Treatment Options for Tooth Decay

Pile of sugar and dental tools with beads that say "tooth decay"

In centuries past, teeth with decay or infection had to be pulled. Thankfully, modern technology allows patients many treatment options for their tooth decay or oral health problem. Dentists can find areas of tooth decay with probing tools, x-ray imaging, and even the use of machines with near-infrared light. CariVu Technology is just one dental caries detection device that can make finding and fixing your cavities a breeze. Let us show you what options you have available for finding trouble spots in your mouth and what we can do to detect and treat your tooth decay!


What Is Tooth Decay?

Many patients aren’t quite sure what “tooth decay” means. However, explaining that this means the same as “dental caries” or “cavities” makes it much easier to understand. More than 91% of people in the United States have had at least one cavity during their lifetime. Most people have had more than one, which may even include you. Those facts are in stark contrast to the pearly, white smiles most people associate with Americans. The 91% of people that have had cavities lie within the 20-64 year-old age group, and the percentage goes up to 96% after ages 65.


Children are not any better off, with about 1/5th having untreated cavities in their teeth. What is a cavity you ask? Cavities go by the name of “tooth decay” because they are literally areas on your teeth that decay. Your teeth are made up of 96% pure minerals such as calcium and phosphate, making them the hardest substance in your body. You would think they would be fairly indestructible, however, poor oral hygiene habits can leave them weak and susceptible to decay. When you eat, sugars in your foods and drinks mix with mouth bacteria to create plaque. Plaque is that sticky, acidic (and clear) substance that sticks to your teeth like glue, especially along the gum line. If you don’t brush and floss your teeth several times a day, that acidic plaque will weaken your tooth enamel, eventually eroding it and decaying it. Hence, the term “tooth decay”.


Close-up view of a dental mirror close to a patient's teeth

Removing and Filling Decay

Once a part of a tooth decays, you can’t reverse it. You have to physically remove the decay and fix the tooth cosmetically. There are several ways to go about this depending on your level of tooth decay. The American Dental Association recommends that all patients visit the dentist at least twice a year (so every 6 months) in order to avoid or catch tooth decay when it is small. If you do this, we can catch surface cavities that are easy to fix. We simply drill out the small surface cavity and fill the area with dental filling, shaping it to your tooth once more so it looks good as new.


However, when tooth decay is more severe, we have to look at other treatment options. When you receive dental x-rays, we look to see areas where shading indicates that there is a breakdown of your tooth structure. If there is a large area, we know you have severe decay or infection. When that happens, we have to use drills and dental tools to open up your tooth. If surface cavities have grown through various tooth layers to the soft center of your tooth, we have to do a root canal. This is where we completely clean out all the soft center tissues of your tooth, including the roots. We remove all that tissue (which you don’t need once a tooth is grown), and we fill it with dental material, capping it off with a crown.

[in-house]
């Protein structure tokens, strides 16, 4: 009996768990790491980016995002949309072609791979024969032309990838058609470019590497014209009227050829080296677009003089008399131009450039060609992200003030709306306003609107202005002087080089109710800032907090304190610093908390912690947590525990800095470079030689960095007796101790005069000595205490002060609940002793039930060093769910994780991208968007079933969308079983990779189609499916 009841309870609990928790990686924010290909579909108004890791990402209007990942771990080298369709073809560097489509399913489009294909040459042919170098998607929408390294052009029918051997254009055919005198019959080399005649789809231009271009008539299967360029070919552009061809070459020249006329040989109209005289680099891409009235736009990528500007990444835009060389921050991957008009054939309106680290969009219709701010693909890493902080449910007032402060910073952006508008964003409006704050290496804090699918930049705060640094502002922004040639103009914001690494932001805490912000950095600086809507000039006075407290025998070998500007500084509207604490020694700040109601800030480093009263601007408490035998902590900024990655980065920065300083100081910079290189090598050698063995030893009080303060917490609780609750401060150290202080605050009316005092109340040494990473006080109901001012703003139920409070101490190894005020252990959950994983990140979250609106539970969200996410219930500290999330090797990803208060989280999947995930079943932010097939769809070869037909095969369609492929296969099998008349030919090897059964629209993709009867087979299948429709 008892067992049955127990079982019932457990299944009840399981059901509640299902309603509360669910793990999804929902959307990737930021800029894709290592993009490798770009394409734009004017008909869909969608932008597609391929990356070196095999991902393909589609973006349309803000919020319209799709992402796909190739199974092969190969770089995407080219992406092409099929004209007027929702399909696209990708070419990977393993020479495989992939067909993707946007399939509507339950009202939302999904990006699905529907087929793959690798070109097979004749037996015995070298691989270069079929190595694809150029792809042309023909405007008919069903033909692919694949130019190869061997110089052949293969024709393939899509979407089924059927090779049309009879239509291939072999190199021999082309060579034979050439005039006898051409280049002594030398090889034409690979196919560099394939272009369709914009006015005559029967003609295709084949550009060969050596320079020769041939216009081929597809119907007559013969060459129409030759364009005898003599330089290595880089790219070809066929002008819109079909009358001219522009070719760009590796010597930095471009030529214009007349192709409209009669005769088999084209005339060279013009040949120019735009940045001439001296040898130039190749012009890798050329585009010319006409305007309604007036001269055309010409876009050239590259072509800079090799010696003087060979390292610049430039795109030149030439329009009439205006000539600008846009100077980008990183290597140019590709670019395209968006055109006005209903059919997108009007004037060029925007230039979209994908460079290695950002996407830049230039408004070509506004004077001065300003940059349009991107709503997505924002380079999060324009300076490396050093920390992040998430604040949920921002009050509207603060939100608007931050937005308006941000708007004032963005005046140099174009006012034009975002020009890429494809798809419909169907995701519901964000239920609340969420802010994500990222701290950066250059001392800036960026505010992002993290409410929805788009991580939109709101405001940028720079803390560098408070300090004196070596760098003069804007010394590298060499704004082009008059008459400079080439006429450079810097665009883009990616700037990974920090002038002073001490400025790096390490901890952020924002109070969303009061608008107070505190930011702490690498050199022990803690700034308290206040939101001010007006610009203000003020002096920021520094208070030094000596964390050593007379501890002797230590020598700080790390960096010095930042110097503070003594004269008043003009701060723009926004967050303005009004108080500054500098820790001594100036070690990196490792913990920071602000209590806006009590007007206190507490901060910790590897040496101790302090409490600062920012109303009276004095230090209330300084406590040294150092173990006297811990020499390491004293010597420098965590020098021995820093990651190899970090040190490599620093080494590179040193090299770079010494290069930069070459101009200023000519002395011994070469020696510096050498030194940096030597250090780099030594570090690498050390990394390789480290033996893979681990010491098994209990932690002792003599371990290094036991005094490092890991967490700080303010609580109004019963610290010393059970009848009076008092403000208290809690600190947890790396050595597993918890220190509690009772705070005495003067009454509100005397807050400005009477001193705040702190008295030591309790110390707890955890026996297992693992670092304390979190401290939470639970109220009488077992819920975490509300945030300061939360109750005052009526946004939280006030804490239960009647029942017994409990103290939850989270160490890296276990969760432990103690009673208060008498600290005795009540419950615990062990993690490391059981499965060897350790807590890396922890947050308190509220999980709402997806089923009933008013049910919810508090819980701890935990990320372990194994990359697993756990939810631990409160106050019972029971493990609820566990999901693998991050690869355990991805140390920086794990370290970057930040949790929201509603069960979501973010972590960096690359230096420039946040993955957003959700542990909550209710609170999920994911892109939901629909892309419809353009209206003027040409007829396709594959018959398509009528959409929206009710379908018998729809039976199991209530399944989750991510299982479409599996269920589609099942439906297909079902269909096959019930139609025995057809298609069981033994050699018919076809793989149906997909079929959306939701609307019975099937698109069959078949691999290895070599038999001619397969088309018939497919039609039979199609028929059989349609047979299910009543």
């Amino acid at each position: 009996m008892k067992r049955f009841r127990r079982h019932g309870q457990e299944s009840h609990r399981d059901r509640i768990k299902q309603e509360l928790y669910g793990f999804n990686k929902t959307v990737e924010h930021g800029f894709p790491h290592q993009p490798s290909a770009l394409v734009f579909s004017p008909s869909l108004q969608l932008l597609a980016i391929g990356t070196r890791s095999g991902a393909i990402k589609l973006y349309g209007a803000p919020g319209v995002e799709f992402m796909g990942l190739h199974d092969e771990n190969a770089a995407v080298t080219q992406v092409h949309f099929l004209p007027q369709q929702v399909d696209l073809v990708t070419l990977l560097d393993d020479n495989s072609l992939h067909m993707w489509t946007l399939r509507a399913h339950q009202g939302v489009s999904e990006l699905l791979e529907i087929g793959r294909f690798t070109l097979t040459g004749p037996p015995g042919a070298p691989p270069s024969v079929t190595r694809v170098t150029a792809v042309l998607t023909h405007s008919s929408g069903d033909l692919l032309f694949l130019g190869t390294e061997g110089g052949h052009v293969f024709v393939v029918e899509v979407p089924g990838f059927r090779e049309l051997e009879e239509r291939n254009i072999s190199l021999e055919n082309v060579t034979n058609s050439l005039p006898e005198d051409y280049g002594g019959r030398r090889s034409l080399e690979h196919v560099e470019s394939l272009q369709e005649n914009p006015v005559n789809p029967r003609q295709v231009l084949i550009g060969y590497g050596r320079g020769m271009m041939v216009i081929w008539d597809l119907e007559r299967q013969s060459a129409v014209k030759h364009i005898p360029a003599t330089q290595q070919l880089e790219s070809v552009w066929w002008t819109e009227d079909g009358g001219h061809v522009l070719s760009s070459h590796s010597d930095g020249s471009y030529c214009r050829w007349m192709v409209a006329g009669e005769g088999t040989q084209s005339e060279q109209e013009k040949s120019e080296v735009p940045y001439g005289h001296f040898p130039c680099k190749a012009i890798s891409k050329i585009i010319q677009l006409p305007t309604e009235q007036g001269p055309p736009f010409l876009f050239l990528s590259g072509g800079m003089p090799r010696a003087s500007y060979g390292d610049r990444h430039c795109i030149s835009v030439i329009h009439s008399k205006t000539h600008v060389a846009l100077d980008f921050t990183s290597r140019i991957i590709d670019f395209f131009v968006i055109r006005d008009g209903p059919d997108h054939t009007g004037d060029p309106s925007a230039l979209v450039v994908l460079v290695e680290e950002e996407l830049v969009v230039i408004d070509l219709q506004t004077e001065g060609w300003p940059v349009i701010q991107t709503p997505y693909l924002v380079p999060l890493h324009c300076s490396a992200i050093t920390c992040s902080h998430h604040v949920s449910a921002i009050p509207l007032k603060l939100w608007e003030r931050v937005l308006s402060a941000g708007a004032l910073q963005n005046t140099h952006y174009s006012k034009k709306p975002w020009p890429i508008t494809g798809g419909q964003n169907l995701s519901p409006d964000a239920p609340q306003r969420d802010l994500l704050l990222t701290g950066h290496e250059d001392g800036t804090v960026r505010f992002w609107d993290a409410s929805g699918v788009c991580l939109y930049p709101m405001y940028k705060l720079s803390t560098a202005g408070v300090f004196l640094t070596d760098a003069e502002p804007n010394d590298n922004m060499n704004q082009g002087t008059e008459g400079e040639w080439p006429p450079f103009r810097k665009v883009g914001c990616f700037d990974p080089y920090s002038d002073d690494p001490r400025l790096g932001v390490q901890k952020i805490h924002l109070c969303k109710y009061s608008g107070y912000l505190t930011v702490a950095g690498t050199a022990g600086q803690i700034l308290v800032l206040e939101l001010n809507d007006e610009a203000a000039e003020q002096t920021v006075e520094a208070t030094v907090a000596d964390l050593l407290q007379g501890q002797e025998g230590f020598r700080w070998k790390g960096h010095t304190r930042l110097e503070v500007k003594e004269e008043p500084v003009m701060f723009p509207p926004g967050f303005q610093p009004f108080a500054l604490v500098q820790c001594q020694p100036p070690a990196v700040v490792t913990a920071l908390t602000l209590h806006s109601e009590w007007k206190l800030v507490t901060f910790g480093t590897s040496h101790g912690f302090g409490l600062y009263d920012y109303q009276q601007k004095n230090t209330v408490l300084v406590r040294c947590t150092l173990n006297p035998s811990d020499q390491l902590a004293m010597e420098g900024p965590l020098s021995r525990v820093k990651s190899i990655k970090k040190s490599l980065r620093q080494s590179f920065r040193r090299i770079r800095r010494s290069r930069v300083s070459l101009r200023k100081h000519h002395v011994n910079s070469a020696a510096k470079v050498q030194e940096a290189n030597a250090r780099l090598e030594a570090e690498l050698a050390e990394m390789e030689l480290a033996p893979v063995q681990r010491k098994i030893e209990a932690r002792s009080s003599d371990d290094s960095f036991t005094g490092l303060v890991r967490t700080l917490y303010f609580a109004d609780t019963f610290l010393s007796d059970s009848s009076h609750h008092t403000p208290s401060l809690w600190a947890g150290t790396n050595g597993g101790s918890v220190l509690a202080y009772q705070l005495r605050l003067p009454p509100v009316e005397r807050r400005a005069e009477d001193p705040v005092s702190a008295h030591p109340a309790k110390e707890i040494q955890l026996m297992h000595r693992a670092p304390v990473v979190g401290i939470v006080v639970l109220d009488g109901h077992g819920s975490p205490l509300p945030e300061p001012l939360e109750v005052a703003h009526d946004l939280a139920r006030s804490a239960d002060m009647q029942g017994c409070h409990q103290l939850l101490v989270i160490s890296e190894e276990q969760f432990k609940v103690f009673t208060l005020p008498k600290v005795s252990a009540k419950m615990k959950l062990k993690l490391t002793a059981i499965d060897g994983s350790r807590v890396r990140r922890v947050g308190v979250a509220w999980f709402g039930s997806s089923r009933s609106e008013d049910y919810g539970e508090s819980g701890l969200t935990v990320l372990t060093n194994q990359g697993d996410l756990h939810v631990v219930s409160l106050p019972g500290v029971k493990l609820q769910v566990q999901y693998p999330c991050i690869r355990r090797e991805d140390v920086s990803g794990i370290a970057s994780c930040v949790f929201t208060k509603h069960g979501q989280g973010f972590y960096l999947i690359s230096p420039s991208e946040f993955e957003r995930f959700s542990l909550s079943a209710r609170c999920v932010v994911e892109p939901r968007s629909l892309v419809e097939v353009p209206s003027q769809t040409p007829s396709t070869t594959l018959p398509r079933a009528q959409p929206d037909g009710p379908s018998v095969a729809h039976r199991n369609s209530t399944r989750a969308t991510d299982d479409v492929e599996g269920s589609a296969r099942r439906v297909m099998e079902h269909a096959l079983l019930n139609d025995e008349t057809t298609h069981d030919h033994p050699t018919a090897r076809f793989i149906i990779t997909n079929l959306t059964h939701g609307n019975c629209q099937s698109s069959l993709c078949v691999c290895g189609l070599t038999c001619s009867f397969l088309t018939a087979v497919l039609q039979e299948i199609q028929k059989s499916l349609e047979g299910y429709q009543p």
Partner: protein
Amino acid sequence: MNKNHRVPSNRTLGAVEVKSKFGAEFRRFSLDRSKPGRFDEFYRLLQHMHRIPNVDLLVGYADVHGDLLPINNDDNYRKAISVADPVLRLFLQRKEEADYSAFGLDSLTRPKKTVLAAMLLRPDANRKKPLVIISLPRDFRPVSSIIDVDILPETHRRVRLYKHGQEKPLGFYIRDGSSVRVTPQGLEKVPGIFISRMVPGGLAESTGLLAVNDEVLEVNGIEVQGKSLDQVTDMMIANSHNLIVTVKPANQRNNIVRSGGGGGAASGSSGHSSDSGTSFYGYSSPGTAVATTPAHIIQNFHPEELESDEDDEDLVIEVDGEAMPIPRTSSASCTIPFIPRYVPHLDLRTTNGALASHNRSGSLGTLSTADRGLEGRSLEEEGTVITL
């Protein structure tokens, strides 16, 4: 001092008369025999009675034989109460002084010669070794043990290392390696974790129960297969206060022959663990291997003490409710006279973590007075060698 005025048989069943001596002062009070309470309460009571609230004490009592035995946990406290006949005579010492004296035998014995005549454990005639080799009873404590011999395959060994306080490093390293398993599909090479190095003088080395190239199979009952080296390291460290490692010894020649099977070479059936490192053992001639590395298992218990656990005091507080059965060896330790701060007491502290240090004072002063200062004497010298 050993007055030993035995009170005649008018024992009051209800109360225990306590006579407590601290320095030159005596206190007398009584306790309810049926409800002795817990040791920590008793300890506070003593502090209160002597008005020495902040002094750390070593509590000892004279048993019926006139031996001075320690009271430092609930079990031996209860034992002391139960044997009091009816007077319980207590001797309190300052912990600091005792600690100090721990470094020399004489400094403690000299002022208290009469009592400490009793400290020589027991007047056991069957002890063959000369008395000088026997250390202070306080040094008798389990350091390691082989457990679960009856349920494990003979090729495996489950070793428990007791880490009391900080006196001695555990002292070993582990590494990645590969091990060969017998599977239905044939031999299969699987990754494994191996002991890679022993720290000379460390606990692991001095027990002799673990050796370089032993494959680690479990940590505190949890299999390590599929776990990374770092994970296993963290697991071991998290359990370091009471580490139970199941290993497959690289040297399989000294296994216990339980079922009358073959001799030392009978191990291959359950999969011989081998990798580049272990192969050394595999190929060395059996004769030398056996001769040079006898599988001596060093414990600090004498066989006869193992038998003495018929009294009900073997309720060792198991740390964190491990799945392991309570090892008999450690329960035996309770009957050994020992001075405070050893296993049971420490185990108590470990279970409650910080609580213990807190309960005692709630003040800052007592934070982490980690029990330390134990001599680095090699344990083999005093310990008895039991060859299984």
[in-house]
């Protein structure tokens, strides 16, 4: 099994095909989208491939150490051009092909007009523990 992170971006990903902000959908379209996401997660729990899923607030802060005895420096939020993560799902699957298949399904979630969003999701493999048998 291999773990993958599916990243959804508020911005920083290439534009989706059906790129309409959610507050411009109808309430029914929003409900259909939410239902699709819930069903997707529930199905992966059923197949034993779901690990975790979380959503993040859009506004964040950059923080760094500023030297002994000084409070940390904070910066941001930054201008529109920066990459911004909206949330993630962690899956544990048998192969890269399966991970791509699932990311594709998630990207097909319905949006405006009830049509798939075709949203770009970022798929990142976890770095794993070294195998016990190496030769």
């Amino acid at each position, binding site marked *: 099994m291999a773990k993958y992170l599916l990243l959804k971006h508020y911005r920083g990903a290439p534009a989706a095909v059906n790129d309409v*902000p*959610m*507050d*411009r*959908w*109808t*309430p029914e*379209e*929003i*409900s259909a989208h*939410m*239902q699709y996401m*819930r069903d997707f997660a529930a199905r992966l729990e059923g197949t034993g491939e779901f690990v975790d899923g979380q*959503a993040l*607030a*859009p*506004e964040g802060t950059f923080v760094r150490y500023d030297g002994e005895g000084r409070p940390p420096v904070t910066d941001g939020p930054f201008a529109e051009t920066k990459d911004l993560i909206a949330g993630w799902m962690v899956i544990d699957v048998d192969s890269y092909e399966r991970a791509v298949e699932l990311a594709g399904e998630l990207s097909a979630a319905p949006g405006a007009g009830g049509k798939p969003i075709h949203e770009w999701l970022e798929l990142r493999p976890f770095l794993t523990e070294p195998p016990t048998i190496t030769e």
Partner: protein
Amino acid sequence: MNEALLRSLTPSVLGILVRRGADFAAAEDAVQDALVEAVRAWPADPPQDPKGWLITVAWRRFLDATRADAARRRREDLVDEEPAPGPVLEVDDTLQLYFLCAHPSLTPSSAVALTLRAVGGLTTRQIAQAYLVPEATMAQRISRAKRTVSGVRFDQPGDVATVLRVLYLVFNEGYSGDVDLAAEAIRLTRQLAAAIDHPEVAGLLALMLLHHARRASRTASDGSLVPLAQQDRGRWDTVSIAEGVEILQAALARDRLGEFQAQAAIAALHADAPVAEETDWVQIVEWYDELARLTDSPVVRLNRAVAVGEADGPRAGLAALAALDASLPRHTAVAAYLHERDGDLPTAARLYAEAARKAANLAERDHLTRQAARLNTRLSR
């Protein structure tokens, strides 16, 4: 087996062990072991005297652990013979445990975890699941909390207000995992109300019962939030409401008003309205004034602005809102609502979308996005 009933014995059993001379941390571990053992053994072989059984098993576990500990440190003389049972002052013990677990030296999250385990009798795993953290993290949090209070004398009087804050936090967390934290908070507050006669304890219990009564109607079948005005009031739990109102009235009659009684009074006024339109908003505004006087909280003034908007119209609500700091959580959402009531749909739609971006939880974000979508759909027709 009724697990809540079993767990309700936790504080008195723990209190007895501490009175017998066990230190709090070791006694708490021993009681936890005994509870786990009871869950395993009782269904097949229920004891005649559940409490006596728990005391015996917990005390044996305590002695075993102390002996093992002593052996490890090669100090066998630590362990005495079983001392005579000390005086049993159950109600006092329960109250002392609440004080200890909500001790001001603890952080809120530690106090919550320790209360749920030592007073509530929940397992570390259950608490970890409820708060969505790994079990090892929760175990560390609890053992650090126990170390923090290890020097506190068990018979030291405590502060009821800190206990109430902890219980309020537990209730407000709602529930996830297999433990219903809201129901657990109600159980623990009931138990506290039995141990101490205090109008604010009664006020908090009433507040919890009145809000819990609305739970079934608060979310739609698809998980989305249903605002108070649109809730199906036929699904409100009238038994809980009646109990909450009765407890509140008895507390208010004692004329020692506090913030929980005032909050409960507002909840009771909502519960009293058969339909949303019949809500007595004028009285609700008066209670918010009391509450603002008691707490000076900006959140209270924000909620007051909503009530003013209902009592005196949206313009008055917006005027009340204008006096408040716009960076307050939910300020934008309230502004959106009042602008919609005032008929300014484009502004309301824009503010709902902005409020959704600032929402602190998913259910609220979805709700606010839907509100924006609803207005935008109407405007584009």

Using CariVu Technology

Filing a surface cavity or performing a root canal are two main treatment options for tooth decay. We can sometimes fill internal cavities if the center tooth tissues are not affected. However, in extreme cases of decay, we may need to completely remove a tooth if it is breaking down enough that a root canal can’t save the natural tooth. This leads to needing a dental implant, bridge, or denture when tooth loss is severe.


In our cavity treatments, we utilize CariVu technology. This is a powerful tooth decay detection devices. Traditionally, x-rays are the tool of choice for many dentists to see the internal structure of your teeth. However, x-ray technology has its limitations. CariVu creates more accurate images of the teeth through bathing them in safe, near-infrared light. When this transillumination technology is used, the enamel will appear transparent on our images. Porous lesions (or areas of tooth decay) will absorb light and appear dark. This allows us to easily detect the exact location, size and shape of a cavity. Part of treating a cavity is actually finding its location and size, which is why CariVu technology is so important to the tooth decay treatment process.


Patient speaking with a dentist that has a dental x-ray in his hands

Other Technology Options

Modern dentistry is seeing advances every day in the field of dentistry. CariVu technology is just one tool used to help treat tooth decay. However, lasers are often used in modern dentistry. Laser dentistry can be used to detect areas of tooth decay on tooth surfaces and internally. Then, using laser light, a dentist can actually cut, reshape and remove abnormal areas from the gums. They can do the same with tooth decay in a tooth. Using a pen-like wand, a focused beam of laser light can remove a decayed area of a tooth. It’s a simple way to treat teeth and gum problems without using anesthesia.


When a laser is used on gum tissue, the wound seals itself immediately, diminishing the risk for infection and bleeding. Technology such as laser light and CariVu is changing the way dentists work and the experiences that patients have. If you would like an easier way to treat your tooth decay, ask about CariVu technology and other treatment options for your cavities! Call Niles Family Dentistry today at (720) 744-0001 to set up your dental plan!

Ashley Niles

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